For several years before his wife started the aircraft leasing company, the respondent had been flying a local home-building company's personnel from time to time to various locations on company business. After the leasing company was set up, the home-building company signed lease agreements with the leasing company for the aircraft that it had been or would be using. The lease agreements were very careful to place operational control of the aircraft in the home-building company. The home-building company decided what aircraft to use, when and where to go, and picked the crew. On paper at least, the flying service and the leasing company were separately owned. They maintained separate identities. The two businesses had separate records, separate bank accounts, and paid their business taxes separately. The piloting services were separately invoiced by the flying service; the leasing company separately invoiced the aircraft rental.
The routine was that whenever the home-building company personnel needed transportation, a call would be placed to the phone number the leasing company and the flying service shared. The respondent, on learning the details of the requested travel, either directly or from messages relayed by his wife, would make all the necessary arrangements for the trip. He would either pilot the flight himself or arrange for another pilot.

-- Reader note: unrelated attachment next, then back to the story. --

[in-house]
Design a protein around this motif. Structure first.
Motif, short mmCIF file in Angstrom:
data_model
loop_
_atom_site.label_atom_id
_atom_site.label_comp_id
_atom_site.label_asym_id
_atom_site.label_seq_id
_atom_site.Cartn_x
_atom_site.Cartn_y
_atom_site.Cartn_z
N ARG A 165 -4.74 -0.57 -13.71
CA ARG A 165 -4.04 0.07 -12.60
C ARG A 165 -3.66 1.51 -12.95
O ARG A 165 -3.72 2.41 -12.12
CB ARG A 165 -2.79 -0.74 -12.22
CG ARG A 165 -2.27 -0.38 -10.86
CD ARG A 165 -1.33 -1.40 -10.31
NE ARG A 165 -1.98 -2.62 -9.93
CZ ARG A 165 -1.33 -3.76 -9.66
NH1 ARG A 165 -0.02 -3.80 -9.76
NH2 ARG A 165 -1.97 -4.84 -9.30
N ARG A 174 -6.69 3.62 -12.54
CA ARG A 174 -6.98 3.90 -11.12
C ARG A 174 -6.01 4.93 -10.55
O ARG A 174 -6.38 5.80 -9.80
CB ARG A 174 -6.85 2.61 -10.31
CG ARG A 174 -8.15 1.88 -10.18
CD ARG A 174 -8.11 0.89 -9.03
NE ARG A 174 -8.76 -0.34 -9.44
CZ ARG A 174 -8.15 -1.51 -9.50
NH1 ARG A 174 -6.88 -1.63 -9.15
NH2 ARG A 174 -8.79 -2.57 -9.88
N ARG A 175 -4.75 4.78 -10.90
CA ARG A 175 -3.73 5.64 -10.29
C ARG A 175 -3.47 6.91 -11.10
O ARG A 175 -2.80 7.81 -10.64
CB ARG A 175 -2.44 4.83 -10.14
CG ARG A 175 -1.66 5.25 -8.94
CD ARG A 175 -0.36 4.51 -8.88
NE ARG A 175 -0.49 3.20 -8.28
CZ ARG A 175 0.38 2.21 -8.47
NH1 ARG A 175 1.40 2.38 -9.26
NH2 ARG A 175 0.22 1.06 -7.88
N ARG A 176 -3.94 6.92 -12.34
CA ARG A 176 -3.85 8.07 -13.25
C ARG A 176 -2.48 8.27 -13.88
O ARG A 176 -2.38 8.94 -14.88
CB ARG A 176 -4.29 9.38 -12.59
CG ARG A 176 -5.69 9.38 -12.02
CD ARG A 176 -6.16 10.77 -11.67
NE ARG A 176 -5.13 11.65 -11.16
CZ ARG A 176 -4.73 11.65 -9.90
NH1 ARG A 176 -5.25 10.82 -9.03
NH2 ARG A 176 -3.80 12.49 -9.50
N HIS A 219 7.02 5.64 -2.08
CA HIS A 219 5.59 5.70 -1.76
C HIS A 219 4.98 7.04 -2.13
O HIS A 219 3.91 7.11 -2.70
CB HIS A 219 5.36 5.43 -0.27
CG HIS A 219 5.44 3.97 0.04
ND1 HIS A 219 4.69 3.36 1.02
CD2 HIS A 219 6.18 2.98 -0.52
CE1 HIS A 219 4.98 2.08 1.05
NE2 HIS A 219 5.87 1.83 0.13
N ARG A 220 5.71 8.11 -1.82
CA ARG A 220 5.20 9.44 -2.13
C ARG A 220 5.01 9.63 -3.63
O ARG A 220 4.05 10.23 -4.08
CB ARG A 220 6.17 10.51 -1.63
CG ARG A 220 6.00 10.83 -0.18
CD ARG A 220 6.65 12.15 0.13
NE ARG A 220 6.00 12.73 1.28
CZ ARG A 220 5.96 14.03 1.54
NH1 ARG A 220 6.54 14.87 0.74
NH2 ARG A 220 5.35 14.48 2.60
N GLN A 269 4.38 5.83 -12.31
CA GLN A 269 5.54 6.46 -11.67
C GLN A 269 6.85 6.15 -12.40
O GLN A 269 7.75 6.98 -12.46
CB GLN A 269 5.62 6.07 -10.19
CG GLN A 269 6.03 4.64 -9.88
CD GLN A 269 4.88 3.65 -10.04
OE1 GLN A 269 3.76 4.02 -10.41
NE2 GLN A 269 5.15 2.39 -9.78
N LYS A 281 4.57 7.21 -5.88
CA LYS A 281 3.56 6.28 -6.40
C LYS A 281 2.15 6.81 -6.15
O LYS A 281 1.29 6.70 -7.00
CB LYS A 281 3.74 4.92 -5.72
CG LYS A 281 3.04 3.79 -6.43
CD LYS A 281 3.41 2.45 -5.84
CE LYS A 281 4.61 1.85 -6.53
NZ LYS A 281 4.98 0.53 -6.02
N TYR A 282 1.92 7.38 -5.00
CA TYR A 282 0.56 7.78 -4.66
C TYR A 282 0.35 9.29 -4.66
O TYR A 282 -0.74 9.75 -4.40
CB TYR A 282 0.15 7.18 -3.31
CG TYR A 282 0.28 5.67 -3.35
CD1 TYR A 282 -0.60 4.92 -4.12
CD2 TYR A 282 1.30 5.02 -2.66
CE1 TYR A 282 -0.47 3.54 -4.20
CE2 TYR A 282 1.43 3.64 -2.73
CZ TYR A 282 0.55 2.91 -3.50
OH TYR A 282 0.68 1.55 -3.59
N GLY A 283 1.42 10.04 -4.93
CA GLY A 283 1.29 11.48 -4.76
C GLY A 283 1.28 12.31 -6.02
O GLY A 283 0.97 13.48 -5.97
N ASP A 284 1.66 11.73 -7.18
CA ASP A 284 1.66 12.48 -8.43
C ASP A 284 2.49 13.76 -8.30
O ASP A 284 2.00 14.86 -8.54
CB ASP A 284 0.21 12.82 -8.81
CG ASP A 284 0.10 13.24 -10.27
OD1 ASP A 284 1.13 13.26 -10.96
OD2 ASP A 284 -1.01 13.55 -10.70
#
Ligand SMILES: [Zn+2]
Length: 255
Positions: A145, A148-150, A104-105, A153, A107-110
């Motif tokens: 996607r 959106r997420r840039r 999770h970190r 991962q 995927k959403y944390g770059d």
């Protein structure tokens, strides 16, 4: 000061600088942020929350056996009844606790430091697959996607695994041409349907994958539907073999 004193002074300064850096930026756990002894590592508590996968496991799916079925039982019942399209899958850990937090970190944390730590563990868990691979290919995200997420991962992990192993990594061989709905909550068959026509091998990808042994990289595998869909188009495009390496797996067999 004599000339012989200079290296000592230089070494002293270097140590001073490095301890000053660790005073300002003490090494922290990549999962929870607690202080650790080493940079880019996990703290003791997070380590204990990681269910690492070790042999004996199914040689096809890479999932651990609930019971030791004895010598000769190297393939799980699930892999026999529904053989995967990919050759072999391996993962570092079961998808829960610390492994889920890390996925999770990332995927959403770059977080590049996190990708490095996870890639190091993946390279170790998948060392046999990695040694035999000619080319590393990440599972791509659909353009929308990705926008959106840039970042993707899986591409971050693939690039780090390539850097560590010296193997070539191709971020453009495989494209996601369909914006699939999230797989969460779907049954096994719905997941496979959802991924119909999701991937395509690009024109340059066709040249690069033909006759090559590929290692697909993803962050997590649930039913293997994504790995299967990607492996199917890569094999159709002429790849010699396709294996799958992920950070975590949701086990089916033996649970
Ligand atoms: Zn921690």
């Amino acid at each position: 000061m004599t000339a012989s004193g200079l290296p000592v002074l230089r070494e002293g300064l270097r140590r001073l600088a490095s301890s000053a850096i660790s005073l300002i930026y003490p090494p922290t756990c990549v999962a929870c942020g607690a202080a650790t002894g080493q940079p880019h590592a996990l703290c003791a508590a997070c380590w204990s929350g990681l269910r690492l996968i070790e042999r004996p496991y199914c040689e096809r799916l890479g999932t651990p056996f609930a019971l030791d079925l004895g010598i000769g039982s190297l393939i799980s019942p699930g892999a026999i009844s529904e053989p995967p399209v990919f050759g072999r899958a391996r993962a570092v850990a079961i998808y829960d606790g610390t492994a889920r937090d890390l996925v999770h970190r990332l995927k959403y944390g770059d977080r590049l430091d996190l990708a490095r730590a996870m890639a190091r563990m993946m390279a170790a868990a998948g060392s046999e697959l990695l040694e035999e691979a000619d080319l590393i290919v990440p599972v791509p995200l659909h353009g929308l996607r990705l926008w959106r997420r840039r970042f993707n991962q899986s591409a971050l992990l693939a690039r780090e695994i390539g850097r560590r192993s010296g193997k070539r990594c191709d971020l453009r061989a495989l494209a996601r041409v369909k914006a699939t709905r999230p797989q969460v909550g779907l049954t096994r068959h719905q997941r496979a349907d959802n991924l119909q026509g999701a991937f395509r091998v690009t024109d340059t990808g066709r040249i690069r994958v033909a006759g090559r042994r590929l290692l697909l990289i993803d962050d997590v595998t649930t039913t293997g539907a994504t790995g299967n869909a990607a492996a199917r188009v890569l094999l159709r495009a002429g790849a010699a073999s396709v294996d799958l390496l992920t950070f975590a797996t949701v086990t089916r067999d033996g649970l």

Looking at these facts, the FAA concluded that the respondent was conducting a commercial operation without having an air carrier certificate as required by FAR Part 119 or 135, and without complying with the testing, competency, proficiency, and other requirements of these regulations. The respondent believed that he was in full compliance with the Federal Aviation Regulations. He believed that he was merely being hired as a pilot by the home-building company to fly an aircraft, an aircraft, in fact, that the homebuilding company was renting from a separate and independent leasing company.
At an earlier time he had even shown the proposed lease form to a couple of FAA aviation safety inspectors, who commented on the form. The FAA inspectors told him that he would have to remove himself from operational control. They said that the lessor (the person providing the aircraft) could not provide both the pilot and the aircraft. The lease form was changed. He thought he was in the clear.